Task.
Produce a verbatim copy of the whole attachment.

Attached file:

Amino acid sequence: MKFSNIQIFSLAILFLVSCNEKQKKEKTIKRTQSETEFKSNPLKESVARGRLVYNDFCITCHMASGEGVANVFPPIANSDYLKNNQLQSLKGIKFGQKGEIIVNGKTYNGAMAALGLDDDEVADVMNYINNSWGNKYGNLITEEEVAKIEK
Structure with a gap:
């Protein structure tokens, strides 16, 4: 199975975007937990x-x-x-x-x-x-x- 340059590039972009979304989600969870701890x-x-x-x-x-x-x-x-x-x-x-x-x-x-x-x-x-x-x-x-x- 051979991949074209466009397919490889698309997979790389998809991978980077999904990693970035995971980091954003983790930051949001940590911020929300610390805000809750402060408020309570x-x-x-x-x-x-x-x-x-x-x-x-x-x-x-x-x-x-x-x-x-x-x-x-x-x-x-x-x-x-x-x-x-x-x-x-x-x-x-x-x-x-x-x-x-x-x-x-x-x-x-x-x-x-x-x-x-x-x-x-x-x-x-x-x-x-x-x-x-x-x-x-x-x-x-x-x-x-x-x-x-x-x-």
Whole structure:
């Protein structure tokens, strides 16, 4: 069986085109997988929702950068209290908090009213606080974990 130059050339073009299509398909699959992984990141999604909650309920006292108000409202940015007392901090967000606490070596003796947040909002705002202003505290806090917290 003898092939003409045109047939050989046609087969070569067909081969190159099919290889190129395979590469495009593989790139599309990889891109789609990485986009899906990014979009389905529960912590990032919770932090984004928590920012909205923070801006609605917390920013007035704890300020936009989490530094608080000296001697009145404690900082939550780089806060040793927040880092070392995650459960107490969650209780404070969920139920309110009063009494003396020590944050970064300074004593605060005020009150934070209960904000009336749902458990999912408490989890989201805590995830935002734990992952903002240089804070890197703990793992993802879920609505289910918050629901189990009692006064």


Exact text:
Amino acid sequence: MKFSNIQIFSLAILFLVSCNEKQKKEKTIKRTQSETEFKSNPLKESVARGRLVYNDFCITCHMASGEGVANVFPPIANSDYLKNNQLQSLKGIKFGQKGEIIVNGKTYNGAMAALGLDDDEVADVMNYINNSWGNKYGNLITEEEVAKIEK
Structure with a gap:
């Protein structure tokens, strides 16, 4: 199975975007937990x-x-x-x-x-x-x- 340059590039972009979304989600969870701890x-x-x-x-x-x-x-x-x-x-x-x-x-x-x-x-x-x-x-x-x- 051979991949074209466009397919490889698309997979790389998809991978980077999904990693970035995971980091954003983790930051949001940590911020929300610390805000809750402060408020309570x-x-x-x-x-x-x-x-x-x-x-x-x-x-x-x-x-x-x-x-x-x-x-x-x-x-x-x-x-x-x-x-x-x-x-x-x-x-x-x-x-x-x-x-x-x-x-x-x-x-x-x-x-x-x-x-x-x-x-x-x-x-x-x-x-x-x-x-x-x-x-x-x-x-x-x-x-x-x-x-x-x-x-």
Whole structure:
């Protein structure tokens, strides 16, 4: 069986085109997988929702950068209290908090009213606080974990 130059050339073009299509398909699959992984990141999604909650309920006292108000409202940015007392901090967000606490070596003796947040909002705002202003505290806090917290 003898092939003409045109047939050989046609087969070569067909081969190159099919290889190129395979590469495009593989790139599309990889891109789609990485986009899906990014979009389905529960912590990032919770932090984004928590920012909205923070801006609605917390920013007035704890300020936009989490530094608080000296001697009145404690900082939550780089806060040793927040880092070392995650459960107490969650209780404070969920139920309110009063009494003396020590944050970064300074004593605060005020009150934070209960904000009336749902458990999912408490989890989201805590995830935002734990992952903002240089804070890197703990793992993802879920609505289910918050629901189990009692006064």